By Jaideep Saikia
India-China relations are fraught with a surfeit of mistakes. But there is an attempt by both sides to bury the past and make a new beginning. Indications are that the incident in Galwan is history. In any event, the reasons for the intrusion in Eastern Ladakh were pure messaging to both the United States as also India’s neighbours. While it sought to “inform” the United States that India cannot be used as a countervail to its anti-China overtures, Beijing was attempting to caution India’s neighbours that India cannot be relied as a security foil. But the most important reason was to restrict India to its land commitments and away from embarking upon maritime quests, a right which China seeks to be its prerogative.
Earlier an impasse was witnessed in Doklam. It has an interesting narrative, one which gains in importance when the fact about the Chinese having “informed” New Delhi “in advance” about its plan to build a road in the plateau is factored into. If this information is correct than the conflict can be said to have been unnecessary.
At any rate, a solution of sorts—with an eye to circuiting the status quo that prevails—was proposed by this author on 26-27 August 2014 during the course of an Indo-China “Track II Dialogue” in which he was a member of the Indian delegation. With the knowledge that neither sides would surrender ground (the instances which were quoted were that of Thagla Ridge held by the Chinese and the Namka Chu River that runs south of the Ridge held by the Indians) as well as the fact that the only solution lies in converting the “Line of Actual Control” into an International Boundary, this author took recourse to semantics. The phrase “Line of Actual Control”—even if a step is to be taken by the generation that is to come—must be replaced by a classification that does not ring of belligerence. “Line of Amity” is the name that was proposed. If unyieldingness is inevitable and status quo is the only outcome of protracted negotiations, it is this author’s considered opinion that at least a change of nomenclature that resonates of accommodation could herald a positive mindset change from continual and non-progressive status quo. This author also laced his plea by stating that altering the name from “Line of Actual Control” to “Line of Amity” would not have any legal implications or bring forth questions about the principle by which delineation of boundaries are normally undertaken. He hazarded this aspect despite the fact that the watershed principle almost approximates the Thagla Ridge which the Chinese presently occupies. The name “Line of Amity” also has the distinct possibility of bringing future leaders of both the countries to the table without the baggage of the past as well as the suspicion that has accompanied almost all Indo-China boundary dialogue and could well be the prerequisite for entente cordiale.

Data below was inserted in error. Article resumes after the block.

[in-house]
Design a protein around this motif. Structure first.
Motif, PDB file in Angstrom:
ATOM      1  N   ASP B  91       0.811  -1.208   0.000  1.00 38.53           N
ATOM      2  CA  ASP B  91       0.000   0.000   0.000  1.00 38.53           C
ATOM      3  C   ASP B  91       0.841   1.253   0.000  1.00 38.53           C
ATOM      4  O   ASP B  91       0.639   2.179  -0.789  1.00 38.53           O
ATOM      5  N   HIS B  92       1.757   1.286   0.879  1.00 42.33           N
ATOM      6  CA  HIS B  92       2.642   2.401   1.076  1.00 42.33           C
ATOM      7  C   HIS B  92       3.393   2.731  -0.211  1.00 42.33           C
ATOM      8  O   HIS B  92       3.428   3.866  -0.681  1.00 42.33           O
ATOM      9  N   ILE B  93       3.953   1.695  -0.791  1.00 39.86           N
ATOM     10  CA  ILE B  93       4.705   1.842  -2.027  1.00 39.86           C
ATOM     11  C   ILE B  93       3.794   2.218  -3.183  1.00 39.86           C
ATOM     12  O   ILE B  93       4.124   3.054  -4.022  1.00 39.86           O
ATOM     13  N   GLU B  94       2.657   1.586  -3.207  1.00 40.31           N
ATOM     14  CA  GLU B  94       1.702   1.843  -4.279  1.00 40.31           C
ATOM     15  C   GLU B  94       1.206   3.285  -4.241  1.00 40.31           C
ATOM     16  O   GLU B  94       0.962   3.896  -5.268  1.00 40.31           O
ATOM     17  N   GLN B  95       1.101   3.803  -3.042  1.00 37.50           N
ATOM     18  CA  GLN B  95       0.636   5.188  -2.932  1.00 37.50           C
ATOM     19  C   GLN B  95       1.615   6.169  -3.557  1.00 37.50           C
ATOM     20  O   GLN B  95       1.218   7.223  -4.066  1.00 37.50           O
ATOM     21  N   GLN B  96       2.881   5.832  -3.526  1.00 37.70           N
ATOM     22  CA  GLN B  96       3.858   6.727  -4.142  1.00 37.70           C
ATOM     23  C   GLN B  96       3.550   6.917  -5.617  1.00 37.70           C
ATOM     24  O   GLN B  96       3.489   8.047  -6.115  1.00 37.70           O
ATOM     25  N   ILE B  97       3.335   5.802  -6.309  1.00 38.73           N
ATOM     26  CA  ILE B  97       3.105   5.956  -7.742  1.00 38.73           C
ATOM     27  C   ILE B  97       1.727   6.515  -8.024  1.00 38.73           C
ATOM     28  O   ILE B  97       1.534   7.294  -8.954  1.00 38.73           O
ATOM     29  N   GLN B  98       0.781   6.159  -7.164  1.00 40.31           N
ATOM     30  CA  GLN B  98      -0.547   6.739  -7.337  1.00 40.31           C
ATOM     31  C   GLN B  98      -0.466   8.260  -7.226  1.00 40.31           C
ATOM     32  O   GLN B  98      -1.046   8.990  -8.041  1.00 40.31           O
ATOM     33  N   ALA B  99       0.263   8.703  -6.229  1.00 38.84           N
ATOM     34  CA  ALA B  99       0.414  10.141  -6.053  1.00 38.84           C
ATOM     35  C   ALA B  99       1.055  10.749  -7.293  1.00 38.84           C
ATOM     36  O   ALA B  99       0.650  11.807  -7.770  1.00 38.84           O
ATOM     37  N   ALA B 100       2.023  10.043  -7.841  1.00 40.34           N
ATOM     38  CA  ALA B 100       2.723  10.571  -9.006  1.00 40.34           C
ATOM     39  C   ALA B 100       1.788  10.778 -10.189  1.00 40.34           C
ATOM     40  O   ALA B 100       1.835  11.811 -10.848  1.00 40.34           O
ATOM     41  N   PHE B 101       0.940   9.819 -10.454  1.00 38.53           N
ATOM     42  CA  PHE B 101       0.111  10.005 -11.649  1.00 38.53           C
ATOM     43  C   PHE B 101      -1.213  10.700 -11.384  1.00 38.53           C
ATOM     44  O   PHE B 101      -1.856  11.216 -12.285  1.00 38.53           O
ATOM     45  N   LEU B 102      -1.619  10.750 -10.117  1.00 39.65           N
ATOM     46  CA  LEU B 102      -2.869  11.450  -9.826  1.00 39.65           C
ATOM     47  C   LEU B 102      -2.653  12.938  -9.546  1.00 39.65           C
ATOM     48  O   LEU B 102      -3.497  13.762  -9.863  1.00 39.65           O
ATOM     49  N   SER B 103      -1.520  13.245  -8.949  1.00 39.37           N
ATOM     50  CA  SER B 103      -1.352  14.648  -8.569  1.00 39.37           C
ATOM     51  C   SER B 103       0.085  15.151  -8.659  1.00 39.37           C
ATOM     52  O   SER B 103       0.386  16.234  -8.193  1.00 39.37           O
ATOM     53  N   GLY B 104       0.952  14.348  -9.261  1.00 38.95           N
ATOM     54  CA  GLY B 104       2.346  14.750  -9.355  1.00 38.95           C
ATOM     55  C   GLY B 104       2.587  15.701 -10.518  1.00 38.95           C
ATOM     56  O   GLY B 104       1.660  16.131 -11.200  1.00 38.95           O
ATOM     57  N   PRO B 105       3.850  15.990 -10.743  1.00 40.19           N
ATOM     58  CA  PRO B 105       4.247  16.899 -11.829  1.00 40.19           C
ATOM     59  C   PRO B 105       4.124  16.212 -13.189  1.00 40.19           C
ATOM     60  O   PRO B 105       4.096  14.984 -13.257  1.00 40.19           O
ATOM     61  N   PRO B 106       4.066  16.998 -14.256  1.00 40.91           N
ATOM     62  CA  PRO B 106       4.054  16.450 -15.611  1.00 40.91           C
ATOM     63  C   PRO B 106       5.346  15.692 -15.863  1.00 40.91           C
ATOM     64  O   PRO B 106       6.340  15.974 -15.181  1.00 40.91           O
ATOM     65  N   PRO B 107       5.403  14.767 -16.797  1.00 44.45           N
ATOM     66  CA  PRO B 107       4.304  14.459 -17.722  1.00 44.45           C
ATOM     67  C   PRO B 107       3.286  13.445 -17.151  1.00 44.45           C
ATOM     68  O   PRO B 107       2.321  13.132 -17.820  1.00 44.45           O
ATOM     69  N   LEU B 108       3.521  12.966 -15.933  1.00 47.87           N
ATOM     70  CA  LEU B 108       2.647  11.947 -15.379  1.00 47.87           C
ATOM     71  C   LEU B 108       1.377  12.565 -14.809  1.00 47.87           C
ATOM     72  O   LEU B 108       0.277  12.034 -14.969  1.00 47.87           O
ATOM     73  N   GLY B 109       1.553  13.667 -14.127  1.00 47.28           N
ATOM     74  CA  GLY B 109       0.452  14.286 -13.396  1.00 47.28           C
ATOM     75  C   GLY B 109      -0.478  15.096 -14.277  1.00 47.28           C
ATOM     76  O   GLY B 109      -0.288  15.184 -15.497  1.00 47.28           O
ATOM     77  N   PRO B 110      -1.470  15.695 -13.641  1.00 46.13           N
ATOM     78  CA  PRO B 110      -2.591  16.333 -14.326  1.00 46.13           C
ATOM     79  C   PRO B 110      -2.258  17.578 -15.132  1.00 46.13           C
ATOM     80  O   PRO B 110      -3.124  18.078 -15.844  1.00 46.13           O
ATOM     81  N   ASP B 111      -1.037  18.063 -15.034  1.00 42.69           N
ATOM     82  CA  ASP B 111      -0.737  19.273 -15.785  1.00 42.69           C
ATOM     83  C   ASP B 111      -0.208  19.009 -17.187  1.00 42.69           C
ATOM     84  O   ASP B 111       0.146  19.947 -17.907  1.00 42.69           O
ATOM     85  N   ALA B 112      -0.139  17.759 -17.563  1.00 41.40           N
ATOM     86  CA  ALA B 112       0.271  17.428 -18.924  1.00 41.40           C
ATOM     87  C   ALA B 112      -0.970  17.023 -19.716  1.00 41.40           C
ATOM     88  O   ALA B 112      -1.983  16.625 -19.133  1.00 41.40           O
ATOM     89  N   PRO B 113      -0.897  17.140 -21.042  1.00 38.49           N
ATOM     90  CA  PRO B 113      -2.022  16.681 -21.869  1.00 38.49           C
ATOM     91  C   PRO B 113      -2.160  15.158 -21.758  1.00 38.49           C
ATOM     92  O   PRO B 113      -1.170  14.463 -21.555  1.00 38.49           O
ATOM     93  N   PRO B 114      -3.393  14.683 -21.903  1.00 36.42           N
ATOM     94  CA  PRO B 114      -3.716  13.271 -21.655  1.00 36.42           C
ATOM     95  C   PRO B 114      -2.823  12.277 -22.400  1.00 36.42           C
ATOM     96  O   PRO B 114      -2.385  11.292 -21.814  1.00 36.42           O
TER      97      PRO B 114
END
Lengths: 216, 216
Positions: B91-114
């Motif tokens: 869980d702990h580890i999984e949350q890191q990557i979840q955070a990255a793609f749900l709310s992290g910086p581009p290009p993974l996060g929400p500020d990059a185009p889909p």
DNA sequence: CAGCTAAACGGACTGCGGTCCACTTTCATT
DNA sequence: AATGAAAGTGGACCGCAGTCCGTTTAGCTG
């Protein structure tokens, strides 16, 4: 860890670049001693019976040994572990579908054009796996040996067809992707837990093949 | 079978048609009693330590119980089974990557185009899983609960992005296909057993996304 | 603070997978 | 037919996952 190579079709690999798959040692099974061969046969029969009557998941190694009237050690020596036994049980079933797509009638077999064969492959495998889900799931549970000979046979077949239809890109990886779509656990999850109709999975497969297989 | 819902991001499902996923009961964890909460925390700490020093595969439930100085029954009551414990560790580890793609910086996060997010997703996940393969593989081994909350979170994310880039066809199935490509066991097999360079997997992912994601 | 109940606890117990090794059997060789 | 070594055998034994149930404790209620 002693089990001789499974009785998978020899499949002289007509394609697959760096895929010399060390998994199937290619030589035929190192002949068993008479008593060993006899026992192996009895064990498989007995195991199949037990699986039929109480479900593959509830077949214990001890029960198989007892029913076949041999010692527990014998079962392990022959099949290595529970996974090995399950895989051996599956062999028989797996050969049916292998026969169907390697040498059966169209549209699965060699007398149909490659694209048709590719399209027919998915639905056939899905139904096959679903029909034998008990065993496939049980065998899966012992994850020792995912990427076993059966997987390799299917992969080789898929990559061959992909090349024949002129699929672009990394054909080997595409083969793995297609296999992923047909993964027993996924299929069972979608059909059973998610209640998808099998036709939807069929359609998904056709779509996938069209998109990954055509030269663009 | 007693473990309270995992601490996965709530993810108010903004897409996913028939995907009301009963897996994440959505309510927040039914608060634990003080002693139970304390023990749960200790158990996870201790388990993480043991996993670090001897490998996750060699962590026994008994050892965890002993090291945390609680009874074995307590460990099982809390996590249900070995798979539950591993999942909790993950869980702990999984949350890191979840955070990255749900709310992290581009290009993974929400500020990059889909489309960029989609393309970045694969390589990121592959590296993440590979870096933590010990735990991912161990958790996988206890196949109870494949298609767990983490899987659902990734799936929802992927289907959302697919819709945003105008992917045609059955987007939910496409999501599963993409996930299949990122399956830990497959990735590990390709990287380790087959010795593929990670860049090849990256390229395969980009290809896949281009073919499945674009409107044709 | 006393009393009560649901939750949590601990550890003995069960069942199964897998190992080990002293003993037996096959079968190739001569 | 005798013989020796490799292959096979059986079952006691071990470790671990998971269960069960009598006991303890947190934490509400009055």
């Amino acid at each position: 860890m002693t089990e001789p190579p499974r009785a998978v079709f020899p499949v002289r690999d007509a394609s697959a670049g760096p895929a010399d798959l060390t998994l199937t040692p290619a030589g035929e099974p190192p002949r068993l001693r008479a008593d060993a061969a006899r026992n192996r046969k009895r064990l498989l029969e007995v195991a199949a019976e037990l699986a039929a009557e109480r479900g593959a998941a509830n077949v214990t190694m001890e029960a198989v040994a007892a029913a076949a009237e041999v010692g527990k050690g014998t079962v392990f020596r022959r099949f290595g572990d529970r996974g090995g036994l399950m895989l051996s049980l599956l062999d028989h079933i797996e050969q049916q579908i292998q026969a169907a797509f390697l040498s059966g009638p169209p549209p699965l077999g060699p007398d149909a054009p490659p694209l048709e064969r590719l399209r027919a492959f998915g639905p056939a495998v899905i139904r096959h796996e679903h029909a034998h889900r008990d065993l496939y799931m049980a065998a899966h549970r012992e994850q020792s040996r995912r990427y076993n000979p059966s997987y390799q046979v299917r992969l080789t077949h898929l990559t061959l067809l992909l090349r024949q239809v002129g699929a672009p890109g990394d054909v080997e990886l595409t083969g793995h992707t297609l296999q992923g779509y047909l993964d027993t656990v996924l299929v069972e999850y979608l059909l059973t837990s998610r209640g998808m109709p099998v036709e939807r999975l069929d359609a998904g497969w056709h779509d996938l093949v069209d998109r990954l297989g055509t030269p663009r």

(The author is a celebrated conflict analyst and author of several bestselling books)